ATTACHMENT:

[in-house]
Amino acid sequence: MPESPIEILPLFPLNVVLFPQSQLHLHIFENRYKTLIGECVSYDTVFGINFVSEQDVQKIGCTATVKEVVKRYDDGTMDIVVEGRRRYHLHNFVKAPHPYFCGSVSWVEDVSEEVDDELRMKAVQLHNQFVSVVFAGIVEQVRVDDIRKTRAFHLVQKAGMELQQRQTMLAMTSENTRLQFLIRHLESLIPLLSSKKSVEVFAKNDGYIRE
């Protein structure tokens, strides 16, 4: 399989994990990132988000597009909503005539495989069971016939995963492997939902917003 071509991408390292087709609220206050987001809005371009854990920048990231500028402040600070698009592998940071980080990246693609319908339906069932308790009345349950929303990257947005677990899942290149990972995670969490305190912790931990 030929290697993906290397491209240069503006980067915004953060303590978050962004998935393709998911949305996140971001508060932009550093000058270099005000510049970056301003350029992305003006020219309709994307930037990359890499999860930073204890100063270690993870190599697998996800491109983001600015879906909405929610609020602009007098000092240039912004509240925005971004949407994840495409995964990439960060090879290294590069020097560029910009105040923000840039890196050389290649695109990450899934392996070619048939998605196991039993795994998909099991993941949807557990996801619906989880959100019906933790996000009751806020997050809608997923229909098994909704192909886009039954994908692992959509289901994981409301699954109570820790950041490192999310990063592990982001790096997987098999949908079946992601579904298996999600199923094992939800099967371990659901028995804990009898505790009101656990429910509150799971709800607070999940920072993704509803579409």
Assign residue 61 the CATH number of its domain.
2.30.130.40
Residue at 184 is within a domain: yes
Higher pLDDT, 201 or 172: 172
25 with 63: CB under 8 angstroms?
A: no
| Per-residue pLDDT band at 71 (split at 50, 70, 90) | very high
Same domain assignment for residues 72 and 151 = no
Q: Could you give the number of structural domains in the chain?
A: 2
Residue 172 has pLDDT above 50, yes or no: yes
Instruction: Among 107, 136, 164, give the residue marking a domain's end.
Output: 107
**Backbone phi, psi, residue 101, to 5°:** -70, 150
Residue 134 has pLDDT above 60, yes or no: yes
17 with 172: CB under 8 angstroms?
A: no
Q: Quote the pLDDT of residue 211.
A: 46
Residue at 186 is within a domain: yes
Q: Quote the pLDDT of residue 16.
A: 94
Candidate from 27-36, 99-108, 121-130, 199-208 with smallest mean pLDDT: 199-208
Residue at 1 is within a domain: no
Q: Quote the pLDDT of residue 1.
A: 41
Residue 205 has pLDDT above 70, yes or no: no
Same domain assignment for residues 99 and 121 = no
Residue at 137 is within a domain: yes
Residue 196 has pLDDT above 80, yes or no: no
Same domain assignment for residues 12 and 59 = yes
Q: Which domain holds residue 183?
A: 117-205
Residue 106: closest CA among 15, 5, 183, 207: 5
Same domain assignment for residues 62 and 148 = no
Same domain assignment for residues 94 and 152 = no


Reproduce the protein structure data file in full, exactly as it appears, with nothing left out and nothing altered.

[in-house]
Amino acid sequence: MPESPIEILPLFPLNVVLFPQSQLHLHIFENRYKTLIGECVSYDTVFGINFVSEQDVQKIGCTATVKEVVKRYDDGTMDIVVEGRRRYHLHNFVKAPHPYFCGSVSWVEDVSEEVDDELRMKAVQLHNQFVSVVFAGIVEQVRVDDIRKTRAFHLVQKAGMELQQRQTMLAMTSENTRLQFLIRHLESLIPLLSSKKSVEVFAKNDGYIRE
């Protein structure tokens, strides 16, 4: 399989994990990132988000597009909503005539495989069971016939995963492997939902917003 071509991408390292087709609220206050987001809005371009854990920048990231500028402040600070698009592998940071980080990246693609319908339906069932308790009345349950929303990257947005677990899942290149990972995670969490305190912790931990 030929290697993906290397491209240069503006980067915004953060303590978050962004998935393709998911949305996140971001508060932009550093000058270099005000510049970056301003350029992305003006020219309709994307930037990359890499999860930073204890100063270690993870190599697998996800491109983001600015879906909405929610609020602009007098000092240039912004509240925005971004949407994840495409995964990439960060090879290294590069020097560029910009105040923000840039890196050389290649695109990450899934392996070619048939998605196991039993795994998909099991993941949807557990996801619906989880959100019906933790996000009751806020997050809608997923229909098994909704192909886009039954994908692992959509289901994981409301699954109570820790950041490192999310990063592990982001790096997987098999949908079946992601579904298996999600199923094992939800099967371990659901028995804990009898505790009101656990429910509150799971709800607070999940920072993704509803579409």
Assign residue 61 the CATH number of its domain.
2.30.130.40
Residue at 184 is within a domain: yes
Higher pLDDT, 201 or 172: 172
25 with 63: CB under 8 angstroms?
A: no
| Per-residue pLDDT band at 71 (split at 50, 70, 90) | very high
Same domain assignment for residues 72 and 151 = no
Q: Could you give the number of structural domains in the chain?
A: 2
Residue 172 has pLDDT above 50, yes or no: yes
Instruction: Among 107, 136, 164, give the residue marking a domain's end.
Output: 107
**Backbone phi, psi, residue 101, to 5°:** -70, 150
Residue 134 has pLDDT above 60, yes or no: yes
17 with 172: CB under 8 angstroms?
A: no
Q: Quote the pLDDT of residue 211.
A: 46
Residue at 186 is within a domain: yes
Q: Quote the pLDDT of residue 16.
A: 94
Candidate from 27-36, 99-108, 121-130, 199-208 with smallest mean pLDDT: 199-208
Residue at 1 is within a domain: no
Q: Quote the pLDDT of residue 1.
A: 41
Residue 205 has pLDDT above 70, yes or no: no
Same domain assignment for residues 99 and 121 = no
Residue at 137 is within a domain: yes
Residue 196 has pLDDT above 80, yes or no: no
Same domain assignment for residues 12 and 59 = yes
Q: Which domain holds residue 183?
A: 117-205
Residue 106: closest CA among 15, 5, 183, 207: 5
Same domain assignment for residues 62 and 148 = no
Same domain assignment for residues 94 and 152 = no